Tatum Pin Perforator, American
In 1855, spurred by Great Britain’s adoption of perforated stamps, Postmaster General James Campbell ordered the US Postal Service to adopt perforation for all US stamps. (1) Perforated stamps had advantages: they did not require the time and attention it took to cut stamps with scissors from the sheets on which they were printed, and they prevented loss from careless tearing. That same year, Toppan, Carpenter, Casilear & Co., who had been engraving and printing US stamps since 1851, bought its first perforating machine from its English inventors, Henry and William Bemrose. Two years later, in 1857, the United States sold its first perforated stamps, coincidentally introducing the public to the convenience of perforated paper.
Businessmen like Samuel Tatum were quick to see the possibilities of perforating paper for purposes other than the separation of stamps. Toward the end of the century, Tatum had retooled his foundry and factory in Cincinnati to cast metal parts for manufacturing the paper perforators that had become essential equipment in stationery binderies. Stationery binders, who supplied their customers with ledgers for recordkeeping and other paper for commercial transactions, were in the market for perforating machines that would allow them to provide their customers with more profitable products and services. It did not take long before stationery binders were offering their customers the option of perforating checkbooks, receipt books, coupons, tickets, calendars, notepads, and other paper to be separated before discarding, forwarding, or saving. Perforating also came into use to cancel checks and other documents.
In 1912, Tatum explained in a catalog of printing machinery why the pin perforator he manufactured was superior to others. (2) The special attention given to the weight of the metal parts accounted for the machine’s durability and precision. The top piece was made exceptionally heavy to ensure that the stacks of paper fed under it were held securely in place between the perforating needles above and the die below. Flawless alignment of parts guaranteed true and even action of the needles to repeatedly and uniformly punch perfectly round holes. The design of the perforator also allowed for adjusting placement of the needles for custom work. Sections of needles could be removed or replaced without disturbing other sections. The perforator could be ordered either motorized or with a treadle. An ordinary or an automatic feed gauge could be included with either. All pin perforators were sold with a waste box to catch the punches.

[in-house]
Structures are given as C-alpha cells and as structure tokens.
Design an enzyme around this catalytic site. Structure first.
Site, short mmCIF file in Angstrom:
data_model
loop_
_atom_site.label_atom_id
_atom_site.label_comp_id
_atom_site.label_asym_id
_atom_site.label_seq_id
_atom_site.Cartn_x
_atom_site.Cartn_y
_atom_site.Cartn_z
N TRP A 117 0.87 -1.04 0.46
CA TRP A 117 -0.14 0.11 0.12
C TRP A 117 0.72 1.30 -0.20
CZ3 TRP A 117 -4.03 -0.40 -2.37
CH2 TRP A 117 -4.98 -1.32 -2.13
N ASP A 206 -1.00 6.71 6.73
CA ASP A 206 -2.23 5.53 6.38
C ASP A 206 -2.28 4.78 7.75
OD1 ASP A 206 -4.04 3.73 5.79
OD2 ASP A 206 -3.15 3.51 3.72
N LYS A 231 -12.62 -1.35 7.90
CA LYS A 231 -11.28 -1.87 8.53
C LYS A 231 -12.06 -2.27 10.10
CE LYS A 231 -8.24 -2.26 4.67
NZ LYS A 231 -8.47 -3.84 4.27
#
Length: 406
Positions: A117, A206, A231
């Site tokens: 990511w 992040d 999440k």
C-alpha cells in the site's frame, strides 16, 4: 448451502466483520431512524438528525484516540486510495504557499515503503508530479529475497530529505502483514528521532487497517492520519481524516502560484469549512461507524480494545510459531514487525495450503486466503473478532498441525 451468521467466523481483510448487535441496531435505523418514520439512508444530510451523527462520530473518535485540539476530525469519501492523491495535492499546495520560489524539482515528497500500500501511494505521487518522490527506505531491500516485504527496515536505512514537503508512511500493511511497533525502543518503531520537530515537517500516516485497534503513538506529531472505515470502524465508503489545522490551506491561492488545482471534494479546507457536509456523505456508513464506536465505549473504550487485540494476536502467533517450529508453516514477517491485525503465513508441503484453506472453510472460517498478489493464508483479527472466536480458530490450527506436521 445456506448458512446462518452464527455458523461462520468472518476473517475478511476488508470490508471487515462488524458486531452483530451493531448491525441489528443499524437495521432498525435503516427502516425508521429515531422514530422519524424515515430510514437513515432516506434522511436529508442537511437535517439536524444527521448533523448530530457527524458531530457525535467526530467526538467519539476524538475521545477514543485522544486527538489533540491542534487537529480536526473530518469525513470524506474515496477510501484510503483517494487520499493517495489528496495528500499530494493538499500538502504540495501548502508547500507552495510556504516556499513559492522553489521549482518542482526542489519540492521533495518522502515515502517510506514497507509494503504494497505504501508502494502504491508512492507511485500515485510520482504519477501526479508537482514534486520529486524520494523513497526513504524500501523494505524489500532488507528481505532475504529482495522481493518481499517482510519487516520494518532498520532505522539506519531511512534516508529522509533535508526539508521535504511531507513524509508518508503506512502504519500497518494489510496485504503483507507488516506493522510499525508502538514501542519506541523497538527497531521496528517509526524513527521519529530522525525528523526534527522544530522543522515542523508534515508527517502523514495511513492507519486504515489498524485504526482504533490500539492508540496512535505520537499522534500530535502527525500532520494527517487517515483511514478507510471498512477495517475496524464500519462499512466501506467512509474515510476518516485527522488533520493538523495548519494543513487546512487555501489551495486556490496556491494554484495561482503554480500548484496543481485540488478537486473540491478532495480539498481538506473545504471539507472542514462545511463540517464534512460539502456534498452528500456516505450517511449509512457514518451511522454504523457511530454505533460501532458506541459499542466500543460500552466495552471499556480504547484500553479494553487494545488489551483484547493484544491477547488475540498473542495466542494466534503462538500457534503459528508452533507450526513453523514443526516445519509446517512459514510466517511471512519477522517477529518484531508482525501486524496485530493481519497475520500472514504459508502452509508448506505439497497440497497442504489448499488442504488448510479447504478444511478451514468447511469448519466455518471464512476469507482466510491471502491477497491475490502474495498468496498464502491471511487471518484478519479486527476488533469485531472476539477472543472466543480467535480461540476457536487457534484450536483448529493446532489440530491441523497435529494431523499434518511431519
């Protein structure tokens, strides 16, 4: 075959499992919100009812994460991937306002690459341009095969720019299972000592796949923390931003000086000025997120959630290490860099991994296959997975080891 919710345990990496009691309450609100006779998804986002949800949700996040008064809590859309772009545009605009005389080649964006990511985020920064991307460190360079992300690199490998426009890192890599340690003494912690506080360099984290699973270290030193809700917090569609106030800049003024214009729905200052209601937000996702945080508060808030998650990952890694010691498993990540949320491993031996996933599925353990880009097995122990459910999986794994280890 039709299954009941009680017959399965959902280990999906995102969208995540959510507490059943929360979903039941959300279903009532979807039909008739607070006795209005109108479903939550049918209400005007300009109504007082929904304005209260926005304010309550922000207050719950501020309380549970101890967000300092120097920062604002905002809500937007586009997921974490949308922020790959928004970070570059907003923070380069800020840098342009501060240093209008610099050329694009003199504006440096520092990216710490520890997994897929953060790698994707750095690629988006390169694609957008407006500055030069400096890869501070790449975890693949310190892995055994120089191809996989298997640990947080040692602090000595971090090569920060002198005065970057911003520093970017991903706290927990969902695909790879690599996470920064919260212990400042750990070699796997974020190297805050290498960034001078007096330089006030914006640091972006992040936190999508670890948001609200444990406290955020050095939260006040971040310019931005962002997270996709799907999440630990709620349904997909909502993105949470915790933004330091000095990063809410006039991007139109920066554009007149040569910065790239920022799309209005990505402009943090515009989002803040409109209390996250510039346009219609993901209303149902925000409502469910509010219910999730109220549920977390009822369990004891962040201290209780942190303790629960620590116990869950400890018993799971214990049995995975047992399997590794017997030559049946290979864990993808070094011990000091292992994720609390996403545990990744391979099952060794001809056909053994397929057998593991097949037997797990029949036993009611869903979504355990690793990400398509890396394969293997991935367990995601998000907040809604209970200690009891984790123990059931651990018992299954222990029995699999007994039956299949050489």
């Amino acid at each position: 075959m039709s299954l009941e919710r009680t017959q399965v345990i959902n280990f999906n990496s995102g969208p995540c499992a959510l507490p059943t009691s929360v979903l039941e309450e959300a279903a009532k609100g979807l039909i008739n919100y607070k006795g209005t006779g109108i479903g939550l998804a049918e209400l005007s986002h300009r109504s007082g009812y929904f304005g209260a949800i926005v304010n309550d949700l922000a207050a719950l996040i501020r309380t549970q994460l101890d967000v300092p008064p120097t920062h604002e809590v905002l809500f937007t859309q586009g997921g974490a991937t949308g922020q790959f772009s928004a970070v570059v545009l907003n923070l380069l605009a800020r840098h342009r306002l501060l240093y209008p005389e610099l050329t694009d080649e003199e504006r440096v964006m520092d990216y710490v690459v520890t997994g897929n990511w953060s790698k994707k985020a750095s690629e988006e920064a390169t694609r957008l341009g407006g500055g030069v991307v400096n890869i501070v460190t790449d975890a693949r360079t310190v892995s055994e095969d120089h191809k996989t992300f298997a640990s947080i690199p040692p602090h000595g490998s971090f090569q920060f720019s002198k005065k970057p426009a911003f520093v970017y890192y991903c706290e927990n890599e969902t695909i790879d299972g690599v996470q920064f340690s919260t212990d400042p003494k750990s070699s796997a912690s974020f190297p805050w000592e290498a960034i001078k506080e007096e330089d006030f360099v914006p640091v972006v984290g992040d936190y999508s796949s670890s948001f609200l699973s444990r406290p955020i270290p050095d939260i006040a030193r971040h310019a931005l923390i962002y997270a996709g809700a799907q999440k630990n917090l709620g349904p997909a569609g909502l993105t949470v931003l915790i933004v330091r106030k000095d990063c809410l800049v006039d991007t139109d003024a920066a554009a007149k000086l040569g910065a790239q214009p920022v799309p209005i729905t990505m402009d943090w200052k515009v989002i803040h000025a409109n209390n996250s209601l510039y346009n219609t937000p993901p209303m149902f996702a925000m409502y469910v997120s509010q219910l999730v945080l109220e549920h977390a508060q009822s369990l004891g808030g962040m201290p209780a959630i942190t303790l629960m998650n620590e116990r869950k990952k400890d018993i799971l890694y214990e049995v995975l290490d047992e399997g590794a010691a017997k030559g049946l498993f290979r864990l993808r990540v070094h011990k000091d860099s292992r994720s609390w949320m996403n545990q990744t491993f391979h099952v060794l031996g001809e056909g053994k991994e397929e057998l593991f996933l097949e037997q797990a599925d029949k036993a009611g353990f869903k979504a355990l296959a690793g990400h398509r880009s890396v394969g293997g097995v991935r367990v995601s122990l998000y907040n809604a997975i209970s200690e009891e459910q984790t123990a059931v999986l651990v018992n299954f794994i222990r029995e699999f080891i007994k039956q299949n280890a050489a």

In its advertising, the Tatum Company emphasized that the special care taken in casting, tempering, and hardening its perforator’s die plate and needles ensured its machine’s incomparable performance. Tatum claimed no die plate forged in his Cincinnati foundry had ever required replacement in over a decade of use. The perforator was beautifully finished in smooth black and ornamented in gold. The table on which the paper was stacked was made of golden oak that would not warp. The Tatum Company guaranteed its perforator with pride.
1)The Smithsonian Museum’s National Postal Museum tells the story on its website of how US postage stamps came to be perforated and lists publications for further reading. See here.
2)The Tatum perforator shown here was the gift of Klaus Rotzscher. It was in use for many years in his Pettingell Bindery in Berkeley, California.